Sneha Rajendran’s story

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Sneha

After completing my MBA in India, I started working in the talent management function of one of the consulting firms and I completely enjoyed my work. My fiancé at that point in time was working in the US. Having completed his Masters from one of the top universities in the US, his preference was to continue to work in the US. Thus I was faced with the question of what I was going to do when I join him after marriage. Although it appeared there were several opportunities at the work front within my company, things weren’t that easy to come by.  There were complications with respect to not having the required number of years of experience, visa sponsorship and the like.  As the next step I tried directly applying for openings in other US based companies. Despite having the qualifications required, the major challenge I faced was getting an interview call. I tried several avenues – direct application in a company’s website, employee referral, Linkedin but there was no positive response. This is when I took a step back and tried to ascertain the reason for not getting recognized in the applicant pool. I spoke with several people and a common theme that emerged was – having a US degree facilitates the job search process. As a general rule, companies preferred students graduating from US universities vis-à-vis someone with an equivalent non-US degree.

Subsequently, I looked into programs that matched my background and that were relevant to my career goals. I also geared up for the application process – acing GMAT, getting recommendations and writing a convincing statement of purpose. I reached out to students across different B-schools and got a thorough idea about the expectations of the admissions committee, student life in the US and opportunities that open up at graduate school. This entire information gathering excited me and made me want to pursue an advanced degree. After an exhausting two months of essay writing followed by interviewing, I made into the MS in Management Studies program at MIT Sloan School of Management. The announcement of the admission results coincided closely with my wedding dates and it was the best wedding gift I received!

From my experience, I would say, there is no one simple formula that works for everyone.  There are several opportunities both in industry and academia in the US. It is important that one exercises sufficient due diligence and identifies the path that works best to accomplish his/her goals.

Sneha Rajendran

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Leah Grace C’s story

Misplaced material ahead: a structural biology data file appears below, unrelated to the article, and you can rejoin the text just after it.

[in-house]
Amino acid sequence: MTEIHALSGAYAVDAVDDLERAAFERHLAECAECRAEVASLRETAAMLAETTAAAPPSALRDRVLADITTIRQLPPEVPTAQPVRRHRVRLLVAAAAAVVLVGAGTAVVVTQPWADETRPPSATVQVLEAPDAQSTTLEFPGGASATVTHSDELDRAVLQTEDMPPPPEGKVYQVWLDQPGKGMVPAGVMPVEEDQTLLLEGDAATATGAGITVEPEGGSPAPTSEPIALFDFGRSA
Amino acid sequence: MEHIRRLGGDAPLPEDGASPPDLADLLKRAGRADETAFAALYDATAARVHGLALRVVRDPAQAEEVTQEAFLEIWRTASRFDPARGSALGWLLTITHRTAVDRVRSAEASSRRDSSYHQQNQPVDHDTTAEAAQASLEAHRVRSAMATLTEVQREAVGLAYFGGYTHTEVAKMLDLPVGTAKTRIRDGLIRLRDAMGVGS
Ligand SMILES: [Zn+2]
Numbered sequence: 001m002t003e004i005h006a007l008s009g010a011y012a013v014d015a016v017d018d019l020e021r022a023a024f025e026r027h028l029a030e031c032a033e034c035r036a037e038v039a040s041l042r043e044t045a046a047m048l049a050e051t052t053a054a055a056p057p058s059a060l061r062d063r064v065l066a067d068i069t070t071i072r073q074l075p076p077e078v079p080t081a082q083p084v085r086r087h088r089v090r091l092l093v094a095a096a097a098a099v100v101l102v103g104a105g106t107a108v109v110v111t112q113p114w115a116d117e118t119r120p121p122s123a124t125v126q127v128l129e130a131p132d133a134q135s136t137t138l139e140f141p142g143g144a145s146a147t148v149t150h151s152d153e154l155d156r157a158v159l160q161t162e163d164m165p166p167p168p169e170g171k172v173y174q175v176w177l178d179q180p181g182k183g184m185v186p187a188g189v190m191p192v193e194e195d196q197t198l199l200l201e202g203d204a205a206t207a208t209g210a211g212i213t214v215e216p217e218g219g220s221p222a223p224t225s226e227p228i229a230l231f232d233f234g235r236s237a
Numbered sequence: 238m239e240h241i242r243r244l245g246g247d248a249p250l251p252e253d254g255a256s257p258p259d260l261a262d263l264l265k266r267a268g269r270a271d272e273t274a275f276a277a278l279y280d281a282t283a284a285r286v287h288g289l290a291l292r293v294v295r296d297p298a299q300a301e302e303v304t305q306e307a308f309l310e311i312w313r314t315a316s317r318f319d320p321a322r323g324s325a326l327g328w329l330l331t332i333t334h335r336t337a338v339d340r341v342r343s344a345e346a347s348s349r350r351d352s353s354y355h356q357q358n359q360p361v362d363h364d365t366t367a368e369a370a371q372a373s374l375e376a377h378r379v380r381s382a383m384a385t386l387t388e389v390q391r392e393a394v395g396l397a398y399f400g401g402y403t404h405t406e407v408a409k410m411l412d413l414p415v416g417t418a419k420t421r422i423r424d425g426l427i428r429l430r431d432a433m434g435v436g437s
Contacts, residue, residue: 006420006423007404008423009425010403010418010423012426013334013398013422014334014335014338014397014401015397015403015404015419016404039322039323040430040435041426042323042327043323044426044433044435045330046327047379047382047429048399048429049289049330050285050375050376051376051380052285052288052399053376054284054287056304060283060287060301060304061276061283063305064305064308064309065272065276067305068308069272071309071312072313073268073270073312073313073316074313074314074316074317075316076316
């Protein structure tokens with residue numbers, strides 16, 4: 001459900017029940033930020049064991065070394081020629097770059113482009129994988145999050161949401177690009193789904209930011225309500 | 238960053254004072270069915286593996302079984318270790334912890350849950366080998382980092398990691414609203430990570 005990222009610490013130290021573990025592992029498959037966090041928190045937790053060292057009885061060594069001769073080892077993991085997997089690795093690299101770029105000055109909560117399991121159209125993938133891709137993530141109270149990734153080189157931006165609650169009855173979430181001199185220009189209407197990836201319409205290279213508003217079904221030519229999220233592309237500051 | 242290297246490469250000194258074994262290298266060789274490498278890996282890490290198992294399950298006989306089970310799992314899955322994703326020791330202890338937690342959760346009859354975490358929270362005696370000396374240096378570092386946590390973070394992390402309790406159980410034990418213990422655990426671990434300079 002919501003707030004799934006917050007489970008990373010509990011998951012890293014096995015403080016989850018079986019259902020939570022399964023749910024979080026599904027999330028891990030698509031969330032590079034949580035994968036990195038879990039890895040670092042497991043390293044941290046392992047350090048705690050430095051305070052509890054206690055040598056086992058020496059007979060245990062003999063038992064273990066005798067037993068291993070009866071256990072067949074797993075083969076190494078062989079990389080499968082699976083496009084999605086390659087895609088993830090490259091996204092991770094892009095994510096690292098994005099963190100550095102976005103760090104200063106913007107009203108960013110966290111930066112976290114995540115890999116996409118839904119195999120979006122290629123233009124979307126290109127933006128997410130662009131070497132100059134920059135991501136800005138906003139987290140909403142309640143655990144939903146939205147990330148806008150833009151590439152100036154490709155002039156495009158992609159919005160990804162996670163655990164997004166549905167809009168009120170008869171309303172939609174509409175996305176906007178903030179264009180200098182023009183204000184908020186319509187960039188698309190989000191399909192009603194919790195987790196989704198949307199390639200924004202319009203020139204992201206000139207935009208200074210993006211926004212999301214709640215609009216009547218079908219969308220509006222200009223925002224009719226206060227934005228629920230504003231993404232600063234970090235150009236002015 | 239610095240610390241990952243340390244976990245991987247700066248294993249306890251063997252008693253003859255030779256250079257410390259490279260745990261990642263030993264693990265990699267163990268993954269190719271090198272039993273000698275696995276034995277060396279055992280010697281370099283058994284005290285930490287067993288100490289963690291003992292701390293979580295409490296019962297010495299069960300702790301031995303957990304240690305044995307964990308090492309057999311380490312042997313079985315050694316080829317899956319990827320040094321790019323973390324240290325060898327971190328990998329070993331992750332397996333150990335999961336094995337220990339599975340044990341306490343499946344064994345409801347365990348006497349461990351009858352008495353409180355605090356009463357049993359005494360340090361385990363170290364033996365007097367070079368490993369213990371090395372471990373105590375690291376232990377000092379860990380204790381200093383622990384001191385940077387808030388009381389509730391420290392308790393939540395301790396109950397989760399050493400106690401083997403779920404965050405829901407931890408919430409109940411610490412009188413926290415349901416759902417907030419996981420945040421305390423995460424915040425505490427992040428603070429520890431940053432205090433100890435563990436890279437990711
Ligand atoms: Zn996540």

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Before coming to the US, my husband and I founded a software startup in Montreal, Canada. We knew that we eventually wanted to go to Boston for his MBA but we wanted to take that chance of building a business. We didn’t find immediate success but it was and still is a great learning experience. We left Canada, leaving most of the management to our employees.

I arrived in Boston on F2 visa. My husband and I still had the startup bug and the opportunities at MIT helped fuel that. Through the Legatum Center at MIT and the MIT IDEAS Global Challenge, we were able to get funding for a project in the Philippines, where I’m from. This is the one thing that kept me “sane” during those first few months in Boston while my husband went to school every day and I used to sit at home due to my visa status. After two months I made the decision to go to graduate school. Going to graduate school in the US has always been a dream of mine but it was my recent business experience and living among the business school community in Cambridge that gave me the needed push. I started studying for the GMAT and took the test a month later.

I found Hult International Business School through an Economist article plus I’ve known some friends who went there for their MBAs. I knew that I only wanted a 1-year program and its proximity to the MIT Housing where we live was a bonus. I met with one of the recruiters and hearing my story, she encouraged me to apply for August 2012 admission.

When I got accepted, I immediately made plans to go back to Canada to apply for an F1 visa there. I could have applied within the US but it would have taken a lot of time and the US State Department does not really approve of it (based on past personal experience). Thankfully, I had no problems with the visa application at all.